At-risk kids sleeping in motel rooms: PSA

Public Service Association (PSA) assistant general secretary Troy Wright among pillows hanging in a tree to highlight the plight of children statewide who call a hotel or motel room home every night. Picture: Sylvia Liber
Public Service Association (PSA) assistant general secretary Troy Wright among pillows hanging in a tree to highlight the plight of children statewide who call a hotel or motel room home every night. Picture: Sylvia Liber

Pillowcases were pegged on a makeshift clothesline at Coniston on Monday to highlight the plight of up to 200 NSW children who call a hotel or motel room home every night. 

The Public Service Association (PSA) claims vulnerable kids have been hung out to dry by the NSW government and a “child protection system in crisis”.

Union delegates gathered near the Department of Family and Community Services’ (FACS) Bridge Steet office on Monday to launch the PSA’s “Safe Hands” campaign. 

PSA assistant general secretary Troy Wright said child protection was the public’s business and “should be kept in the safe hands of the public sector”.

Mr Wright said children were being removed from situations of risk and placed into “completely unsuitable, insecure and potentially dangerous accommodation”, due to a critical shortage of appropriate alternatives.

There were not enough out-of-home care places for the number of at-risk children who needed it, he said. 

“The department has been relying on short-term, which have become long-term, temporary placements in hotels, which we say are wholly unsuitable,” Mr Wright told the Mercury.

“We’re aware of every night that there’s between 100 and 200 children in this sort of form of accommodation, they’ve been removed from unsuitable placements elsewhere.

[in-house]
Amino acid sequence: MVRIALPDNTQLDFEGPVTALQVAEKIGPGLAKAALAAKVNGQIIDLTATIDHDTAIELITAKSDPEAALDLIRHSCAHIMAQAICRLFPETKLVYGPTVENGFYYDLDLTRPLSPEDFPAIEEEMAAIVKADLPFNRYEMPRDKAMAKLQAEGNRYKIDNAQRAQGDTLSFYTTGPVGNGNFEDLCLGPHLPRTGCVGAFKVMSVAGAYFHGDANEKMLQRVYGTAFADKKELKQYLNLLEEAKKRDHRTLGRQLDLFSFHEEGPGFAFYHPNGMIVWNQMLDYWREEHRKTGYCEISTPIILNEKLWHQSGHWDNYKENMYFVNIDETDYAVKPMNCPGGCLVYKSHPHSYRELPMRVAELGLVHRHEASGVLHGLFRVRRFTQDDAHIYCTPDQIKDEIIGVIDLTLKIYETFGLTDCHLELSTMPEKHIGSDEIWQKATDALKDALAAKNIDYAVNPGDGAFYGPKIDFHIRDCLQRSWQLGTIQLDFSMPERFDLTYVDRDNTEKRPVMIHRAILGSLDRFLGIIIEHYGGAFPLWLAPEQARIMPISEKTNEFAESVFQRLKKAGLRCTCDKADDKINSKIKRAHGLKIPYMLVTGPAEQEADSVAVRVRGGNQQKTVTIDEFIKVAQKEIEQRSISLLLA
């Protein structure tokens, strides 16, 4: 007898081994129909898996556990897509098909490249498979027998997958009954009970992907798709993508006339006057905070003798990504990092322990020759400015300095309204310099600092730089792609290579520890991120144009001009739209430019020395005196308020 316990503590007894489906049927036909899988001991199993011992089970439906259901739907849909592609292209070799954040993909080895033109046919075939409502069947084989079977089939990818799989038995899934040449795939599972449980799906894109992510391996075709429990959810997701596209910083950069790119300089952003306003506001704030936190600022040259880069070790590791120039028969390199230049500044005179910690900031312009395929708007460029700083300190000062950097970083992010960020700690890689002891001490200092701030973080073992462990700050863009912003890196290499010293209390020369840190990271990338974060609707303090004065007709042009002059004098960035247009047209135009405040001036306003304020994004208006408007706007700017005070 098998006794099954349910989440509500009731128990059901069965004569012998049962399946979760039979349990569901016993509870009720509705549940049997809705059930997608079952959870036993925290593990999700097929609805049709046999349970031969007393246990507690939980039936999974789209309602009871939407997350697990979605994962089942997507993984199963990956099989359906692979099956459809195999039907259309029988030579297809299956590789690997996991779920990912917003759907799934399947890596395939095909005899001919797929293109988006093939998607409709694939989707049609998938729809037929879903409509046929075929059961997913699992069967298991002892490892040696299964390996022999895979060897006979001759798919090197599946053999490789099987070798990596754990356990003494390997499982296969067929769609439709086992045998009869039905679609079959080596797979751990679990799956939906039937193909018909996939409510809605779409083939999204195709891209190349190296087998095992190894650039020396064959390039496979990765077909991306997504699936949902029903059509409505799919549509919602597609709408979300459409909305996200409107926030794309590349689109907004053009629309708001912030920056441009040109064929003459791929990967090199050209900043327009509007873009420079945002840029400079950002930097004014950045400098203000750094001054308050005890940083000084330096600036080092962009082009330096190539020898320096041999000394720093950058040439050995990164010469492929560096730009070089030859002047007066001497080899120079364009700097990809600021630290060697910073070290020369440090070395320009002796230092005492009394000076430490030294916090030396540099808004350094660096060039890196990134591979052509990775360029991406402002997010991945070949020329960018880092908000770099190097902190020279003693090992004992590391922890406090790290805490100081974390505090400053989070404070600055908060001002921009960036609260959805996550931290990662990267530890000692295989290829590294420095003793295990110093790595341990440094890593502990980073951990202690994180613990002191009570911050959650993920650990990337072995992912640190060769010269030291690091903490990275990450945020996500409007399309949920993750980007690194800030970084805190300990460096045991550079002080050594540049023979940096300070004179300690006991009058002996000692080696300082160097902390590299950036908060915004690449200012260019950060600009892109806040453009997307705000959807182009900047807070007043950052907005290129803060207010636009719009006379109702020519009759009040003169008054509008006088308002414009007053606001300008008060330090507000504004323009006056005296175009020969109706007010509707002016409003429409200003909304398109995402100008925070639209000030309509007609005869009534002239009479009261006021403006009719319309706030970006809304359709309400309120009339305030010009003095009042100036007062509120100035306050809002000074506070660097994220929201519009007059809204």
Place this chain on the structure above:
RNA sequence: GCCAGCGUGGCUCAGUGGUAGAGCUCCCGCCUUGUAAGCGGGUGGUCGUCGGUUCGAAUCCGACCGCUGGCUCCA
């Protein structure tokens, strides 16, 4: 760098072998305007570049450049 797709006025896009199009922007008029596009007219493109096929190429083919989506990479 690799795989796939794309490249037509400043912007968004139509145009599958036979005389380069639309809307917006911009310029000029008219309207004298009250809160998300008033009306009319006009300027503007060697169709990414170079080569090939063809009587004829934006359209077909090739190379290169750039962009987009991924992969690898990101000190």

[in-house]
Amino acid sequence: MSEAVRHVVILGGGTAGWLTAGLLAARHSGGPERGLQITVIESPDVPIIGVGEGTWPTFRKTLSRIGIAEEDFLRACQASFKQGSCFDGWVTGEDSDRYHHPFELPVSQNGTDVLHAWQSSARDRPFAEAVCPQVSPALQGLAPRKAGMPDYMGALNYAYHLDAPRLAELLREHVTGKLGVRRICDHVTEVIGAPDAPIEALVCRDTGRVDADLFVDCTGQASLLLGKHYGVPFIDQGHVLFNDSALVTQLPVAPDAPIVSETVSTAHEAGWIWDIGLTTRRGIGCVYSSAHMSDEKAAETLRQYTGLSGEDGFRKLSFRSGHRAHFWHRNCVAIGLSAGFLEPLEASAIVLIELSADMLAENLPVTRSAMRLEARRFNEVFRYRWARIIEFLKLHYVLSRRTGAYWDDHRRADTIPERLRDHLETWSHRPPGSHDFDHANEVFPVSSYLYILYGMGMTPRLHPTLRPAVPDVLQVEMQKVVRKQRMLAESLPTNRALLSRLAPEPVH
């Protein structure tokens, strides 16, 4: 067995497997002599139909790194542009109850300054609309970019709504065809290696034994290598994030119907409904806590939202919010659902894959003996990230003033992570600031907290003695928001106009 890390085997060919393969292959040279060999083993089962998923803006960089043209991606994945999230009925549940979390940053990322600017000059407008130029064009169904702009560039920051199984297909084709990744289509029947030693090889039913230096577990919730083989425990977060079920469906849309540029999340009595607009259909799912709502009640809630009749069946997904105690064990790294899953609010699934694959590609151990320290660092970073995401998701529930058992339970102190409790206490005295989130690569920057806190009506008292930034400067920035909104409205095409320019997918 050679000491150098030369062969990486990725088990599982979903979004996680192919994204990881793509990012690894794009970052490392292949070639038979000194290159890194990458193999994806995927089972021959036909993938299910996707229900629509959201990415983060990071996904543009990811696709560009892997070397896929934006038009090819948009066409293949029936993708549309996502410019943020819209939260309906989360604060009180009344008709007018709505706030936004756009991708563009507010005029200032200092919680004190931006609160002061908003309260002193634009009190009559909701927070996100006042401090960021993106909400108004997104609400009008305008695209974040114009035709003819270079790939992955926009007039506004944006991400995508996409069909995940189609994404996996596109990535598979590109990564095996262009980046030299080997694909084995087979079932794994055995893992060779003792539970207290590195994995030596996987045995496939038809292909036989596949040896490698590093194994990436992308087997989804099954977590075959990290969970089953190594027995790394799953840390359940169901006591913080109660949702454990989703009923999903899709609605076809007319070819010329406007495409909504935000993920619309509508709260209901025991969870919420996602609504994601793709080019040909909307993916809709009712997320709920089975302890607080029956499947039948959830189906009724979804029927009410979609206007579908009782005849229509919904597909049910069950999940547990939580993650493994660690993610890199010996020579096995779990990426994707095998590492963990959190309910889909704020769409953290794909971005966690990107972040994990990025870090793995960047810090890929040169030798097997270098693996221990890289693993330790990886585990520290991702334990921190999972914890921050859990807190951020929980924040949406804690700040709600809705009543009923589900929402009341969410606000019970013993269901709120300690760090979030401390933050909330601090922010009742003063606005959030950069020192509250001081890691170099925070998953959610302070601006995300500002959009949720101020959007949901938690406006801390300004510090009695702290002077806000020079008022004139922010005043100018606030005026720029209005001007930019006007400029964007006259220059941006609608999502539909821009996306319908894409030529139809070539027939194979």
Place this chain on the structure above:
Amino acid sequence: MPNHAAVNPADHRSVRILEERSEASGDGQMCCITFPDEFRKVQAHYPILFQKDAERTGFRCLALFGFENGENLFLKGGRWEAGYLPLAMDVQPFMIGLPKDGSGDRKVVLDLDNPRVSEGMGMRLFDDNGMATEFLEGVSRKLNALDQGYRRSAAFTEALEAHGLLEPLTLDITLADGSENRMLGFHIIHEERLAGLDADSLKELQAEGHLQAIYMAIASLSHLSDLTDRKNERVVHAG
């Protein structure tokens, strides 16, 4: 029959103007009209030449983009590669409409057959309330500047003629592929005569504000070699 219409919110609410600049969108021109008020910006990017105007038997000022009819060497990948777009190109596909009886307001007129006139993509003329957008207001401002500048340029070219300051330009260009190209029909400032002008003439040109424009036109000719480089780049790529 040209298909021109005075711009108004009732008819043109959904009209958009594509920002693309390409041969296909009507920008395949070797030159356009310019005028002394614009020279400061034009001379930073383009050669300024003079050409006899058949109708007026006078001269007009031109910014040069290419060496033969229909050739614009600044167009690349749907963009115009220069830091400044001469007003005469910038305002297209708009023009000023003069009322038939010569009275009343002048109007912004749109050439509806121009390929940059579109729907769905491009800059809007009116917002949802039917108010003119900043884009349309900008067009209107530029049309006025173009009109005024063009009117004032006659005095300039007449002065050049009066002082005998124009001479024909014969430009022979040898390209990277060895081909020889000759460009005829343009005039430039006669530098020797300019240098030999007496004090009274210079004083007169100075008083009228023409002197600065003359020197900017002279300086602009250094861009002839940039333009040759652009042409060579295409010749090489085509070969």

“The major concern for us isn’t just the number of children in this form of care, it’s how long these placements are being used for.

“It’s not one night, two nights here or there, we’re hearing stories of children in this sort of arrangement for weeks, months and even up to a year.” 

Mr Wright described the effect of hotel/motel accommodation on a children’s wellbeing as “horrific”.

“We’ve all stayed in a hotel for one or two nights but to have that as your permanent base,” he said.

The union said hotel/motel accommodation was the government’s solution when no foster placements or other care could be found.

Supervision was being provided by private contractors at a cost of between $12,000 and $16,000 a week, per child, Mr Wright said.

“Being supervised by essentially a stranger, provided through a labour-hire firm, is completely unsuitable for children who are vulnerable enough and have been through enough,” he said.

A FACS spokesman said: “Placing children in serviced apartments and motels is a last resort and is only considered when emergency carers or short-term carers are not available.”

“Last year we brought around 2900 children into care, which despite being a 25 per cent reduction on the previous year, was still more children than places immediately available, either with extended family or in foster carers’ homes,” he said.

The spokesman said FACS had begun a $2 million campaign to find short-term carers and was funding non-government organisations to maintain a surplus of both short-term and emergency foster carers.

Illawarra Mercury